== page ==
Empty Videos: Where Have All the People Gone?

Imagine the busiest, most crowded place you know . . . in the middle of the day . . . but without a single person.

It’s hard to form that mental image, because some places are what they are because of all the people.

429575638_4d0c1b16da_zWhile we were living among the 6 million people of Taipei, all we had to do was stand at the corner of a major intersection to get a feel for how dense the city is with people—on foot, in cars, in buses, on bicycles, and on scooters . . . so, so many scooters. That’s what made it so shocking when once a year, a seemingly random (at least to a foreigner) military drill chased everyone off the streets. In fact, during the half-hour Wan-an drill (萬安演習), all vehicles need to pull over, and it’s illegal for pedestrians to be outside, except for the officers stationed at nearly every corner telling everyone to vacate the streets.

In 2004, Hong Kong pop star Jacky Cheung saw this in person when he was in Taipei to film an MTV show. When the streets cleared, Cheung and his record-company crew thought they’d found the perfect backdrop for a photo shoot, so they snapped a photo of Cheung standing out in the street all alone. When the photo hit the Internet, the National Police Agency was not amused, and they promised a fine (though I’m not sure if they followed through).

There’s something about seeing places that are normally teeming with people when they somehow become un-teeming. It’s oddly alluring. Or maybe its just odd. Or eerie. Think ghost town, the Apocalypse, The Day After, or The Day after Tomorrow.

But thanks to some video wizardry, we don’t have to survive Armageddon to see what the world would look like without people. Take, for instance, Ross Ching’s vision of Los Angeles in Running on Empty (Revisited). At Vimeo, he even offers this step-by-step process for how to remove all the cars from the highways of LA:

1. Record for 20-30 mins.
2. Go frame by frame and grab pieces of the road that aren’t obstructed by a car. Eventually, you will have every piece of the road.
3. Put the static image of the road in with the moving background.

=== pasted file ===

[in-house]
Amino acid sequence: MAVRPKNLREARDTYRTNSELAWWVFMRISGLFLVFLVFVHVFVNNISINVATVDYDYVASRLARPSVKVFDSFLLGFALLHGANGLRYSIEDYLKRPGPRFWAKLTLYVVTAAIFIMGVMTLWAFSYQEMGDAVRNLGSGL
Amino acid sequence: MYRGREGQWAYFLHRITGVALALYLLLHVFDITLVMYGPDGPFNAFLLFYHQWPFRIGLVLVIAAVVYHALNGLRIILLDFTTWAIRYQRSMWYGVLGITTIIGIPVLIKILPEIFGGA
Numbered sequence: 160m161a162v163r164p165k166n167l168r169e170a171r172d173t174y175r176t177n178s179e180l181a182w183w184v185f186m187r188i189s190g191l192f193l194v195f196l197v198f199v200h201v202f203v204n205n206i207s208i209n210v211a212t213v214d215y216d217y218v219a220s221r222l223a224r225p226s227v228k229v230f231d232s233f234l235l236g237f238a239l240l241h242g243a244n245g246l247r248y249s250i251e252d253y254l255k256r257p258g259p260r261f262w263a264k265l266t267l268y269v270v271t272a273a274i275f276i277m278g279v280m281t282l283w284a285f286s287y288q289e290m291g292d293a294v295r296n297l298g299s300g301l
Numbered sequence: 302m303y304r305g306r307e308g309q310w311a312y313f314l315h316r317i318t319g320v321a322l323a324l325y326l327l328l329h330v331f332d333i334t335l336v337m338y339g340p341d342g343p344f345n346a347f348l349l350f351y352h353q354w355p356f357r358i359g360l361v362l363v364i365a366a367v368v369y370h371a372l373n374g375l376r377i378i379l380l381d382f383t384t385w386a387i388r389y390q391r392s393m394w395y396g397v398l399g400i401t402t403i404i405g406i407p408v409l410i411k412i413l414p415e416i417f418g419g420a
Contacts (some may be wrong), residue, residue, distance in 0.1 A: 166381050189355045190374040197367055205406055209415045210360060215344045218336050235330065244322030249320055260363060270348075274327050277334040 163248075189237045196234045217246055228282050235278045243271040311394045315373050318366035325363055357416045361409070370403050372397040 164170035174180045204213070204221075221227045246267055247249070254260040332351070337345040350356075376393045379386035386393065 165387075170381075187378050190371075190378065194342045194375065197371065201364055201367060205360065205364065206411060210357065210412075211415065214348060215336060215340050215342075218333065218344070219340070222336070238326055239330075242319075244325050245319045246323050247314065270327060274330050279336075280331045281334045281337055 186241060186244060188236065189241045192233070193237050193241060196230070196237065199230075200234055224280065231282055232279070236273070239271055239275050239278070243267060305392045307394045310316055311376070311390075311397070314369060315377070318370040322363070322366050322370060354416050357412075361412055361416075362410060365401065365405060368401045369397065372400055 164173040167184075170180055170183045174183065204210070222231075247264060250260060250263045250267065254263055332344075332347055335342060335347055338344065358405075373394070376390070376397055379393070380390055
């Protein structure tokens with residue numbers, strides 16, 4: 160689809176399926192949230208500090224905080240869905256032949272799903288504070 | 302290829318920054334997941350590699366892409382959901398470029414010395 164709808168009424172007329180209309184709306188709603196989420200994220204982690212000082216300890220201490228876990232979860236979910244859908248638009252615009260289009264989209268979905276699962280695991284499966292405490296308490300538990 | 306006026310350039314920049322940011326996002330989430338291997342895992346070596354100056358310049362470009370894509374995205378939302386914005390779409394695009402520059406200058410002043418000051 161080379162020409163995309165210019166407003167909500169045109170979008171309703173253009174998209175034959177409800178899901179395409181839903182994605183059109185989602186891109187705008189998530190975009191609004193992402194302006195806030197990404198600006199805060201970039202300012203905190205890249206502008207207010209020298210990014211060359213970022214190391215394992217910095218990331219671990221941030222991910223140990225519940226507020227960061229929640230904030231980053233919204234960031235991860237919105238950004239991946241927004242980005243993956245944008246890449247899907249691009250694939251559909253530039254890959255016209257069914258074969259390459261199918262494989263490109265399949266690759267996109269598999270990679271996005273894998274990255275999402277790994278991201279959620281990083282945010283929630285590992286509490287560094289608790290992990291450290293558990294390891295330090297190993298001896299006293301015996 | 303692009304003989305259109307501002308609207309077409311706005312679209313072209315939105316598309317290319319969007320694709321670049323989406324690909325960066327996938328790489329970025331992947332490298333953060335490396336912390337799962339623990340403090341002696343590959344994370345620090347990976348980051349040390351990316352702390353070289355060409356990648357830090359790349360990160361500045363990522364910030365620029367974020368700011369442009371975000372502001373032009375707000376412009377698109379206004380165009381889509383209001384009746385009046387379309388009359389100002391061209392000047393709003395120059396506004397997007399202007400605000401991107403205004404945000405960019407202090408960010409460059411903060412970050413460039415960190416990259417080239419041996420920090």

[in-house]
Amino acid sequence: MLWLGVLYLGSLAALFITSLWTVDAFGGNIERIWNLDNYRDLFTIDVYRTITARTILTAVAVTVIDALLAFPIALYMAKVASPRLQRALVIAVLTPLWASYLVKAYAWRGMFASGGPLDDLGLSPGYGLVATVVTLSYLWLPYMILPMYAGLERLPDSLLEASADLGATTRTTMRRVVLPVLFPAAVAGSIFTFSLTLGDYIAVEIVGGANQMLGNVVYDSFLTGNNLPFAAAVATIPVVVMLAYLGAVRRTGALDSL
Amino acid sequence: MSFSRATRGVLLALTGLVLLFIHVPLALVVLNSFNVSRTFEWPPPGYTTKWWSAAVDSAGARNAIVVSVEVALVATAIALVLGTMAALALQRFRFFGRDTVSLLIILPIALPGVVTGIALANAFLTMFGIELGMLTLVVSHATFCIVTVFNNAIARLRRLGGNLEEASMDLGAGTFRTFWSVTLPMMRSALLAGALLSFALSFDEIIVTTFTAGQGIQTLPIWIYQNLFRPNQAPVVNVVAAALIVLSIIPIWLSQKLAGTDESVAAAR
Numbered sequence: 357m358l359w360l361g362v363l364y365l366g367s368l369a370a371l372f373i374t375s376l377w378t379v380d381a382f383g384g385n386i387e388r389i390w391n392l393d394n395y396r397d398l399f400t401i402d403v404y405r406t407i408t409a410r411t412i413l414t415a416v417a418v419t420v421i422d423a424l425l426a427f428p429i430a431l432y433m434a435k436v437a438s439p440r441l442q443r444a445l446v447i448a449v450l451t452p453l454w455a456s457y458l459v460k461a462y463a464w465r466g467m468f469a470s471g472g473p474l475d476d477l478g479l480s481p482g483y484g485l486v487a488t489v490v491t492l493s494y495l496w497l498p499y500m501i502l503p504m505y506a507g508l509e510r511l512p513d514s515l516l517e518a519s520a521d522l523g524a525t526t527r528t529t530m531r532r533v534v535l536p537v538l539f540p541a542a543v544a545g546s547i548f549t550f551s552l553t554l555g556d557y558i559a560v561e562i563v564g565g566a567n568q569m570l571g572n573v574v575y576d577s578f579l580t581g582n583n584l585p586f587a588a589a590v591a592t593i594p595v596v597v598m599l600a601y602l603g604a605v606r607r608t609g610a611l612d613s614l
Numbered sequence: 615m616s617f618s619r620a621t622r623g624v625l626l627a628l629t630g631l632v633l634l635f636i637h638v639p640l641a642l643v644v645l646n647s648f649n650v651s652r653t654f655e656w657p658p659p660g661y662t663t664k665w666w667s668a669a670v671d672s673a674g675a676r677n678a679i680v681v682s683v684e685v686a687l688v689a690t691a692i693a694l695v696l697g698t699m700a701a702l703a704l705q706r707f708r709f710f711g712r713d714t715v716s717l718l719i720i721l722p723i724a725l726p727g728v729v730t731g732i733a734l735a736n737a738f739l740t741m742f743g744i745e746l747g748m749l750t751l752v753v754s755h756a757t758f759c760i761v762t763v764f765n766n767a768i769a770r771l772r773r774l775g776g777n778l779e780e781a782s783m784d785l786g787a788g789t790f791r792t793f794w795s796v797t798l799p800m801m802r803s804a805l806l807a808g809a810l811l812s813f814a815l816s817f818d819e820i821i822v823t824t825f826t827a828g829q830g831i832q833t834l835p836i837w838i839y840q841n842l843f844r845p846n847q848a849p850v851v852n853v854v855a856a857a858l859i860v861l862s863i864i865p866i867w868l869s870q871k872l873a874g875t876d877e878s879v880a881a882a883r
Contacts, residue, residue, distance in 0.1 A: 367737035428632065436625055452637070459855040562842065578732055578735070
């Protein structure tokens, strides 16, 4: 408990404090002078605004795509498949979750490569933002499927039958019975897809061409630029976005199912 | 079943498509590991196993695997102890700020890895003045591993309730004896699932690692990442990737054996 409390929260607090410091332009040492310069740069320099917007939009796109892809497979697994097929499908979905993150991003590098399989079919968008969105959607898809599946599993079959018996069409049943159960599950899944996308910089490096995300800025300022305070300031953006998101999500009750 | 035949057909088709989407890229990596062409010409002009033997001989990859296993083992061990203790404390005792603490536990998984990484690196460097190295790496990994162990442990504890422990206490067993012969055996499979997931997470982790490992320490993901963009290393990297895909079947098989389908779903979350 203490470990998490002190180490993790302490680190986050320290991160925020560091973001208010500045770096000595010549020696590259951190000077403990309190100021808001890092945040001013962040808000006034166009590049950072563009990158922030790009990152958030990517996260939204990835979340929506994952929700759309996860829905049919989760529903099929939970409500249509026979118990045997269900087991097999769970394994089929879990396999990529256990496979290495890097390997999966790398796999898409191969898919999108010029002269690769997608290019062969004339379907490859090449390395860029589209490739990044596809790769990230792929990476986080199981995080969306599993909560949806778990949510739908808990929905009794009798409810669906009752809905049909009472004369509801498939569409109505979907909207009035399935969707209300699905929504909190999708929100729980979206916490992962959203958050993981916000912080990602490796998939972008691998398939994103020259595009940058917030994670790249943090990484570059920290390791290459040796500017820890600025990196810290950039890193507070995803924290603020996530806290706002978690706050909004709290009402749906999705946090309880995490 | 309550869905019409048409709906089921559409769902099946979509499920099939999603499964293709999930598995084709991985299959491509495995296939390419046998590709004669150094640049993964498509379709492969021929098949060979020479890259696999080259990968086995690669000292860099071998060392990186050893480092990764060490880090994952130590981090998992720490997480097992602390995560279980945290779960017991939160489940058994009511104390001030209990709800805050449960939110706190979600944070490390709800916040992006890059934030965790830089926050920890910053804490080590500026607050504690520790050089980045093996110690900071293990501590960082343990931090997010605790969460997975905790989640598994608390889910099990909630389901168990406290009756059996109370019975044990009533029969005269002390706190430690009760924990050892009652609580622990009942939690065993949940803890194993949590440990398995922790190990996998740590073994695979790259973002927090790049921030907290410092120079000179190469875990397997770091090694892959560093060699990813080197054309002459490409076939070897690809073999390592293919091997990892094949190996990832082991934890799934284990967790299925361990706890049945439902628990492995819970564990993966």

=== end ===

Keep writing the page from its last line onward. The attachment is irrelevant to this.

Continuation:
And then there’s the Empty America series from Thrash Labs, including New York, usually a pretty busy place in its own right, and Washington, D.C., Seattle, and San Francisco.

The music in these videos takes away some of the eerie feeling that can come with the visuals. That’s not the case with para l l el, a short film from the globetrotting French couple Claire & Max. Their music choice is “Dark Places.”

“What if parallel worlds existed?” they ask at Vimeo. “What if in one of these worlds mankind disappeared? What if the Eiffel Tower and the Statue of Liberty had never existed?” (Their vision of London is pretty creepy, too.)

In case Ching’s step-by-step instructions for creating an empty world seem a bit simplistic, Claire & Max provide their own how-to video tutorial. It’s step-by-step-by-step-by step. In their list of needed items, the last one is patience. Indeed.

Or you can pretend that You Are Legend, and you’ll have all the time in the world.

(Jimmy Chuang, “Pop Star’s Photo Op During Air-Raid Drill Could Net Big Fine,” Taipei Times, September 26, 2004)

[photo: “On Your Mark,” by h4rrydog, used under a Creative Commons license]

Let It Flow . . . and Tilt Shift: Take a Look at These Beautiful Timelapse Videos

UK-based filmmaker Rob Whitworth has established himself as a master of hyperlapse video. Regular timelapse photography captures the movement in a scene using a camera that is set in one place or that moves only slightly. Hyperlapse goes beyond this by moving the camera over large distances.

Whitworth’s brand of hyperlapse takes the method one step further by using the camera motion to stitch clips together into a continuous piece. He calls the result “flow motion.” Below are his unique looks at Barcelona, Pyongyang, and Shangai. (For the video of Pyongyang, he and JT Singh were given unprecedented access to the North Korean city, though it is still the view that the government wants to be shown.)

Whitworth tells The Creators Project that Keith Loutit’s Bathtub IV was his inspiration to specialize in timelapse. Loutit uses tilt-shift photography, a technique that results in the illusion of filming a miniature world. Bathtub IV was made with the cooperation of Australia’s Westpac Rescue Helicopter Service.

Another of Loutit’s videos shows miniaturized view of Singapore.

Whit worth also tells The Creators Project of his love for the work of Pau Garcia Laita, specifically praising his video showcasing Girona, Spain, part of the same project as Whitworth’s Barcelona piece above.

(Beckett Mufson, “Meet the Filmmaker behind Unreal Hyperlapse Tours of Barcelona and Other Cities,” The Creators Project, July 14, 2014)